The Japanese government flatly refused to recall their SDF troops, the first deployment of Japanese military forces overseas since the end of WWII, or otherwise negotiate with the hostage-takers. (The Italians and Americans have also refused to negotiate on behalf of their kidnapped citizens, though Italians representing NGOs have tried to negotiate, with the government’s tacit approval.)
The three hostages were finally allowed to return home after the Islamic Clerics Committee, a Sunni Muslim organization formed after the war, pleaded for their release. The organization gained great popularity in Iraq by virtue of the relief convoys they’ve provided for Iraqis in Fallujah (which is where the hostages were captured) and for helping to negotiate the ceasefire there. Though denouncing the occupation, the Committee has called for the release of all civilian hostages and remarked specifically on the Japanese hostages’ lack of U.S. ties and their antiwar politics.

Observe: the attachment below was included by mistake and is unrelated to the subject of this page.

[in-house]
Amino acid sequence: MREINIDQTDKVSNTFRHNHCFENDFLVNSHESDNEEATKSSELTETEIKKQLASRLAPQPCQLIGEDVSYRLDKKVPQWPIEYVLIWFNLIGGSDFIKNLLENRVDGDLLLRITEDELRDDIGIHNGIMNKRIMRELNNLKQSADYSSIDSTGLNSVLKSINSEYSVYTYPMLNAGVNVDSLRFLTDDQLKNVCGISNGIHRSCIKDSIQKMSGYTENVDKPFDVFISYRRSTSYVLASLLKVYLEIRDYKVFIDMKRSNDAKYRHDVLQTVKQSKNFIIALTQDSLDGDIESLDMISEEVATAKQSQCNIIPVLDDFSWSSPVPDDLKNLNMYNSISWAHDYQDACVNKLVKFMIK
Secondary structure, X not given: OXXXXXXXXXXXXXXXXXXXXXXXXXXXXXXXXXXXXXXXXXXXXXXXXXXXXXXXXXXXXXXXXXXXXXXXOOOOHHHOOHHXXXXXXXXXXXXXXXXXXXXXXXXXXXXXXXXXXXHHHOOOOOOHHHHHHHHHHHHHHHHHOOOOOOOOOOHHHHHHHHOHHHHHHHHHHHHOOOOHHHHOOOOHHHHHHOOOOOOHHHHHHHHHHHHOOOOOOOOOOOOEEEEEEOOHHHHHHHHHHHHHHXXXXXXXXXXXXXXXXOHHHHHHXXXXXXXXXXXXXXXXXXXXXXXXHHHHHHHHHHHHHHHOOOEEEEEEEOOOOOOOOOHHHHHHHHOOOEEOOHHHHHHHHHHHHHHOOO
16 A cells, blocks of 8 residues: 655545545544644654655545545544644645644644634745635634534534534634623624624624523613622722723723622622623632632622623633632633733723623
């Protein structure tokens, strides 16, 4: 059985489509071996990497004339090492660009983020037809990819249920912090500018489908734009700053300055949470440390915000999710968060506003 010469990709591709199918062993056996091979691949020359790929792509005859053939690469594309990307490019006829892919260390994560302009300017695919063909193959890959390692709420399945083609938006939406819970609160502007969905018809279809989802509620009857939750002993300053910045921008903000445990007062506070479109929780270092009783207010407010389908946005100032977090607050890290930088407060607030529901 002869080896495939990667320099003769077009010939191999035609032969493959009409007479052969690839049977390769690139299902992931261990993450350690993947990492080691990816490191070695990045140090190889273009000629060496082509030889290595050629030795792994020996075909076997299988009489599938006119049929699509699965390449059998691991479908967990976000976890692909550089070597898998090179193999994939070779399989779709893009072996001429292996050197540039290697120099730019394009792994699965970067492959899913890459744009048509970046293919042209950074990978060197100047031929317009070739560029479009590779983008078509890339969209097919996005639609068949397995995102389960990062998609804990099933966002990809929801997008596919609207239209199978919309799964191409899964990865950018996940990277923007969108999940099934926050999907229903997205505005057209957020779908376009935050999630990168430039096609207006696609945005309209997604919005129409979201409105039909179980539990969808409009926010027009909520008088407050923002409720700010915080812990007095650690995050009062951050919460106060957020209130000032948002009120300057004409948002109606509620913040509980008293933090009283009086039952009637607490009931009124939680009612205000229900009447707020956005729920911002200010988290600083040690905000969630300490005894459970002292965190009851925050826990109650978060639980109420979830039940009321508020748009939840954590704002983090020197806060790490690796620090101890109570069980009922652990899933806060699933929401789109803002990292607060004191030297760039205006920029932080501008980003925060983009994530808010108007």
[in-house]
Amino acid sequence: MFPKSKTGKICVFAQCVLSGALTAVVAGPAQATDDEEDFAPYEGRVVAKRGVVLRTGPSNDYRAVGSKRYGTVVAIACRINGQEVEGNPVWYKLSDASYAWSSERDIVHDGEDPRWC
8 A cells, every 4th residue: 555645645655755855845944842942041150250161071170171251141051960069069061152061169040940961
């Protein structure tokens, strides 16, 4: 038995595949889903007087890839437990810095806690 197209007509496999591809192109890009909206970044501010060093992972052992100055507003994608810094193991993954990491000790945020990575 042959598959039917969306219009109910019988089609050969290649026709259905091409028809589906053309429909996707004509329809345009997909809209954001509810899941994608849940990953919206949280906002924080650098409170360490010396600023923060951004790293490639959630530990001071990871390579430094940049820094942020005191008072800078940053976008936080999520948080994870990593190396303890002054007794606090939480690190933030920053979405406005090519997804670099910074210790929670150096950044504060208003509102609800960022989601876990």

Photographs of the newly released captives embracing one of the clerics who’d helped negotiate their release were treated with vituperative contempt back on the island. Their desire to continue working in Iraq was silenced by widespread disapprobation by Japanese who saw such sentiments as inconsiderate and ungrateful. As one Japanese official put it, “if they really hate Japan, I want them to defect to Iraq.”
And the cold shoulder turned toward the hostages is hardly an aberration.